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Lee Bottom Pour Maintenance/cleaning

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Over time, I guess all the Lee bottom pours can get a bit problematic. This morning I had trouble with the spout and decided to take it apart and clean it. First time doing this and ran into an issue trying to figure out just how to clean the seat area for the plunger. Just wondered what others have done to clean this area. In addition to this, I would like to hear some of your cleaning techniques and tools for the other parts of your Lee Pots. TIA.

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The way I clean my pot is like this. I empty all of the lead into mini muffin pans or something where it will fit back into the pot again. Unplug the pot and it will slowly start to cool. I then wait a bit for the cool down. I try to work with a warm pot as it is easier to clean, so don't wait till it gets cold. Also, I put on cotton gloves to protect my hands. Unscrew the plunger and set it aside. Take some abrasive steel wool and clean out the inside of the pot walls and the bottom of the pot. Next clean out the hole by gently rubbing steel wool into it. It will come out really well. Once that is done, clean the tip of your plunger by rubbing it with steel wool. Empty all contents of pot. Screw in plunger and then fire it up and put your lead in. Should be as good as new. 

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I do mostly the same as Ted.  I like to finish mine off after it cools with a coat of WD-40.   Let it set for a while then wipe it off before I reheat the pot.  I also take a small drill bit and gently work it with a pair of pliers into the drain hole and clean it out.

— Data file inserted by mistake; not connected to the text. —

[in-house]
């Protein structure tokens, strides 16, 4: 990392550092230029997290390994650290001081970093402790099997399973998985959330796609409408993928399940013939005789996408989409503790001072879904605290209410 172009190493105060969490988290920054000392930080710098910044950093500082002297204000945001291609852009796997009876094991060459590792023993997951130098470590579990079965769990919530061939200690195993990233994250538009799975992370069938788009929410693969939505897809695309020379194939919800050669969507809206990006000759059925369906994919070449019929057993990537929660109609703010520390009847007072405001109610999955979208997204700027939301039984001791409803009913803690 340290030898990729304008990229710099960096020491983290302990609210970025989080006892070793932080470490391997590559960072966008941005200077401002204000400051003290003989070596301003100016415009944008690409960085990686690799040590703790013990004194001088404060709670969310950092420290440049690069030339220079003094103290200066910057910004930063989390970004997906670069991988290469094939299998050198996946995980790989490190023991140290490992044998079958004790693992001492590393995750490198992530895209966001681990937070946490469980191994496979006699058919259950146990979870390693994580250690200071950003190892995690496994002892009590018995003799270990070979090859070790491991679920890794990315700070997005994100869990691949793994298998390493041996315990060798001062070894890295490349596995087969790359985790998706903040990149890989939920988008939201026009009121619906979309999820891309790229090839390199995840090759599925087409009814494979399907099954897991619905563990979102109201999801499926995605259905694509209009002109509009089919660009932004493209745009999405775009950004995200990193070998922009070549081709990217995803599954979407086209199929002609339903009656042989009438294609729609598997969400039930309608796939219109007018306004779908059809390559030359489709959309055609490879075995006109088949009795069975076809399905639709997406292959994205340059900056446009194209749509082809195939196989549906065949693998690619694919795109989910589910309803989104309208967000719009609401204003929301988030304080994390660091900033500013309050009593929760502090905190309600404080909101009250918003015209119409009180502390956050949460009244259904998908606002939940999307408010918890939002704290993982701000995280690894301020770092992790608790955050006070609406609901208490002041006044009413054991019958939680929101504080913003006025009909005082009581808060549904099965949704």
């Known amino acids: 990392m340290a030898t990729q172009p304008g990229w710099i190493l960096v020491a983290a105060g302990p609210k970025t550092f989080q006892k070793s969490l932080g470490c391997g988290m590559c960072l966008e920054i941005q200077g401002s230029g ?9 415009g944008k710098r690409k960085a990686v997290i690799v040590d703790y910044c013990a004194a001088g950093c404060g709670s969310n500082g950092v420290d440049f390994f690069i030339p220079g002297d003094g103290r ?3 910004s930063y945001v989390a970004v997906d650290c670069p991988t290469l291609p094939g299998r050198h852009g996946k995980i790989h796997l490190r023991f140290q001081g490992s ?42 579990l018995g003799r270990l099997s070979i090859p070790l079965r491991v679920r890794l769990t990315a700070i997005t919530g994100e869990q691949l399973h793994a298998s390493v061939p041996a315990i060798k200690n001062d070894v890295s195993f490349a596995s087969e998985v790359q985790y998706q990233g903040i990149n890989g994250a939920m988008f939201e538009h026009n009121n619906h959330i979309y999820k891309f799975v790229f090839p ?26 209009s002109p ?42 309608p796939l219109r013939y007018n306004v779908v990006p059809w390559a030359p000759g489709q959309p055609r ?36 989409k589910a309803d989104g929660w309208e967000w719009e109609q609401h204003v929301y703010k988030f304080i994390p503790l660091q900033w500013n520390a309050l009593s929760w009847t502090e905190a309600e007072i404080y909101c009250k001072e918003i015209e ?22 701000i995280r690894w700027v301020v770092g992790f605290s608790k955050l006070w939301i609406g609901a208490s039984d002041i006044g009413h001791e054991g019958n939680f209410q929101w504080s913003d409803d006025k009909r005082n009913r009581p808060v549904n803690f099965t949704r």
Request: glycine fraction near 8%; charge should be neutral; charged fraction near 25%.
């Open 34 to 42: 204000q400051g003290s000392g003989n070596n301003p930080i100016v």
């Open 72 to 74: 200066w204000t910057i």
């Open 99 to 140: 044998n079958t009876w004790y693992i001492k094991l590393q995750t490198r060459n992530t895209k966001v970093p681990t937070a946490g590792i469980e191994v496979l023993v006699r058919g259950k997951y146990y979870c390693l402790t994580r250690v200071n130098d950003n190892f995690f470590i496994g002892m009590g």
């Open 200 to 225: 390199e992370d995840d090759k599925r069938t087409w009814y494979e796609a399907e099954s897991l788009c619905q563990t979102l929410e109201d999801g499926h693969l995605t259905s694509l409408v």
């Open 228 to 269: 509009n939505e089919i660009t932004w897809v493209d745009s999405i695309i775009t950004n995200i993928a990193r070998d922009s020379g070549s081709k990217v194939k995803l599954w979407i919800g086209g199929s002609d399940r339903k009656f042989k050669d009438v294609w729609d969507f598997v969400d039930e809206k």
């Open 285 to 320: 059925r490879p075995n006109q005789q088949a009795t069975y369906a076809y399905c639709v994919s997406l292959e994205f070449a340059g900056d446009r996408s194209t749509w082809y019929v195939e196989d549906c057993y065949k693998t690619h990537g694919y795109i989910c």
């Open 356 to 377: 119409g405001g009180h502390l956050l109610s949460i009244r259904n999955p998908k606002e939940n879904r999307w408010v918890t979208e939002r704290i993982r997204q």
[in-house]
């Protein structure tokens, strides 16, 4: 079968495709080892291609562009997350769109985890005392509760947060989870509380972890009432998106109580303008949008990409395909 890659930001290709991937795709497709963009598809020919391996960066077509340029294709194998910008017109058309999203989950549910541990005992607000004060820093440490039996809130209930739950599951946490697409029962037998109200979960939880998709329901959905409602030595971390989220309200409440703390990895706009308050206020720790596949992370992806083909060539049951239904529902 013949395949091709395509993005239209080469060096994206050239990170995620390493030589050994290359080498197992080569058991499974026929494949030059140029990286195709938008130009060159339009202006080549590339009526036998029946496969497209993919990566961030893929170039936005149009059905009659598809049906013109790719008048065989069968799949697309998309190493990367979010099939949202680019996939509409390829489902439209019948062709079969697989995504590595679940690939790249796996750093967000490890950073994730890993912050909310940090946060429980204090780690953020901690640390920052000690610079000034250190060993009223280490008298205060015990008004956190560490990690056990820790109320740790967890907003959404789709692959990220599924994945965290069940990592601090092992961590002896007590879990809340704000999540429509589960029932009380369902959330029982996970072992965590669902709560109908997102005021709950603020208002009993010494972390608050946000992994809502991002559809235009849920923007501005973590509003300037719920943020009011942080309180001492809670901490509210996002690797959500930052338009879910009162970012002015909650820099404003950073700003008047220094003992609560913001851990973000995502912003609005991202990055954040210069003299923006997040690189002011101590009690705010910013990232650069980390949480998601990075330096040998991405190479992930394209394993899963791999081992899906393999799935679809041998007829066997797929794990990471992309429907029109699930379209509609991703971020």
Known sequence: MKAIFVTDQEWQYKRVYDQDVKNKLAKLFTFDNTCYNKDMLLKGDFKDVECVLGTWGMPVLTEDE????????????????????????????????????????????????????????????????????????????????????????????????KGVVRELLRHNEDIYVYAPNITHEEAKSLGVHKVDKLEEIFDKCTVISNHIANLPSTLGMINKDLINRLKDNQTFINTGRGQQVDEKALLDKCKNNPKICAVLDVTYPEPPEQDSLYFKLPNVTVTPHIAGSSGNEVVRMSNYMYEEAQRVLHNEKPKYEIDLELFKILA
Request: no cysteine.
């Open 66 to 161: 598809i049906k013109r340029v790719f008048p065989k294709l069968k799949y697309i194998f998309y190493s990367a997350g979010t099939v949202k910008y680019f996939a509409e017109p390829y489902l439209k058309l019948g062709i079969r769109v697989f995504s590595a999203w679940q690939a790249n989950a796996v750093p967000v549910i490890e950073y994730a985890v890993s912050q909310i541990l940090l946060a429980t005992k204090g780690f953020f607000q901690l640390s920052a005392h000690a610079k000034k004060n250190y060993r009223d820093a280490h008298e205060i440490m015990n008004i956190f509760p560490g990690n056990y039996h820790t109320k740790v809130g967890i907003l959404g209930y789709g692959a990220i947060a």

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When I clean out my pot, I take a drill bit same size as pour spout and ream it out there is a lot of rust that comes out,my pot hardly drips after. 

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On 3/16/2019 at 4:39 PM, mark poulson said:

Ted, 

Could you chuck the plunger into a drill and use it to rotate your steel wool in the hole to clean it out?

Mark,

Yes you could use steel wool, and put it on a drill, I do it by hand, because if my memory is correct, the spout with the hole is made out of brass and is soft. Doing it by hand lessens the chance of me damaging the spout and hole. It doesn't take much effort to clean the pot. It takes more time to empty the lead safely and letting the pot cool a bit so you can clean it.

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Use lapping compound w/ the plunger on a drill@ low speed. Check the plunger end frequently for complete polishing and proper alignment.You;ll see the plunger end completely polished when you have completed the process.

 

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I gave up and bought a ladle to pour with out of frustration. Tired of spending more time cleaning the pot than pouring baits.

 

Allen

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2 hours ago, Munkin said:

I gave up and bought a ladle to pour with out of frustration. Tired of spending more time cleaning the pot than pouring baits.

 

Allen

I started with a Ladle pour pot and always thought it would be nice to have a bottom pour. Bought one lightly used and I really abused it by never cleaning it and it’s  been 3+ years without cleaning.  They can take some abuse and lack of maintenance. Mine is proof positive.

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My old 10lb lee I had to clean all the time. I would take it apart and run a brass bristle brush chucked in a drill with a couple extensions on the plunger seat to remove gunk.. then I wire wheeled the steel plunger. It would make the pot run smooth as butter for a while. 

I switched to the 20lb lee a few years back and haven't had to clean it once. Never drips when up to temp and almost always smooth flow. I do have a piece of steel wire that I run up the spout from the bottom with pliers to knock out any junk in there if the flow gets restricted. Takes 3 second and back to good again. But have never even emptied the thing in the years I've owned it. I pour down to half a pot and then stop and refill until 3/4 and go again. Always refilling to 3/4 before shutting it off. 

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I run a piece of .040 wire up from the bottom occasionally to keep the flow going and when it starts to drip I grab the top of the plunger with my pliers and give it a couple of quick twists with slight pressure and go back to pouring.

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